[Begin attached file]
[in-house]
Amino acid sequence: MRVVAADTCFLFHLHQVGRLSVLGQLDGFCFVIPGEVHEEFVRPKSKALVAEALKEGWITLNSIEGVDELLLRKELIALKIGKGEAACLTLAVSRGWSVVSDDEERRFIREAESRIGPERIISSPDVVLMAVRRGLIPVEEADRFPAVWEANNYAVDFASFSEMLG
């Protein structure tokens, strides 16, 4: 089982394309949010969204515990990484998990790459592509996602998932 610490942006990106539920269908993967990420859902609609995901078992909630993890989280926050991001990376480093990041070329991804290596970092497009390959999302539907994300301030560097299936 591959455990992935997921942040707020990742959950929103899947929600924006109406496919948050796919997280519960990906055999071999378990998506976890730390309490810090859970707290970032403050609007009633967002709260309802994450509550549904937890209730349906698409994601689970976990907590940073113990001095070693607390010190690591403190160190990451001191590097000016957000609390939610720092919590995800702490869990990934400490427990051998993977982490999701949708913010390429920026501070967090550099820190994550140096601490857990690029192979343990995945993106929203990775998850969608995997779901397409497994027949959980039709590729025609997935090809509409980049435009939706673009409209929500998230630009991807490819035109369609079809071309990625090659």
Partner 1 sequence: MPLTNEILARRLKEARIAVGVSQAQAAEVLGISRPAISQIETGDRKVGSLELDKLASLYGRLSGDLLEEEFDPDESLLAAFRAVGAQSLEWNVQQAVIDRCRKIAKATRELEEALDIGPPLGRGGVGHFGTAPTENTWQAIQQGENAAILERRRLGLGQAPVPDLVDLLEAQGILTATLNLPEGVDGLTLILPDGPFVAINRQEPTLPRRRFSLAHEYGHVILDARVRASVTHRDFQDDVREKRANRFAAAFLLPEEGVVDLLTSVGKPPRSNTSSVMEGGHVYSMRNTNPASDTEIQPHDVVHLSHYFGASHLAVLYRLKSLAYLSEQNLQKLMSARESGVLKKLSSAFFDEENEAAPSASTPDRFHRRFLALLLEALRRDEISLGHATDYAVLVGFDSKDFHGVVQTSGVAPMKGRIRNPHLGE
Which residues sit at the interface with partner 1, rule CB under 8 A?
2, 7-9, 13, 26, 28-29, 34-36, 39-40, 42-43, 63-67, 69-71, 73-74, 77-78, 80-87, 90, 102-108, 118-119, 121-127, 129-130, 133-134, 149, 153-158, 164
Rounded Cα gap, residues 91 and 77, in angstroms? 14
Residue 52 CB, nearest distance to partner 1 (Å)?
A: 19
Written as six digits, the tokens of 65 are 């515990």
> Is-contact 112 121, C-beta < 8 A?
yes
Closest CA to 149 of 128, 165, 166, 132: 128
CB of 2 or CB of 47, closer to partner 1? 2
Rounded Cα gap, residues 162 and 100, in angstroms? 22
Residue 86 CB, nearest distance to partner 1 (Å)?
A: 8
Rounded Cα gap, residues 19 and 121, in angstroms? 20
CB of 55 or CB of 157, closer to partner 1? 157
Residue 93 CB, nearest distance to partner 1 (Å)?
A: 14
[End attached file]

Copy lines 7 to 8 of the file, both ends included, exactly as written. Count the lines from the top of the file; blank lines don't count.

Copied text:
Rounded Cα gap, residues 91 and 77, in angstroms? 14
Residue 52 CB, nearest distance to partner 1 (Å)?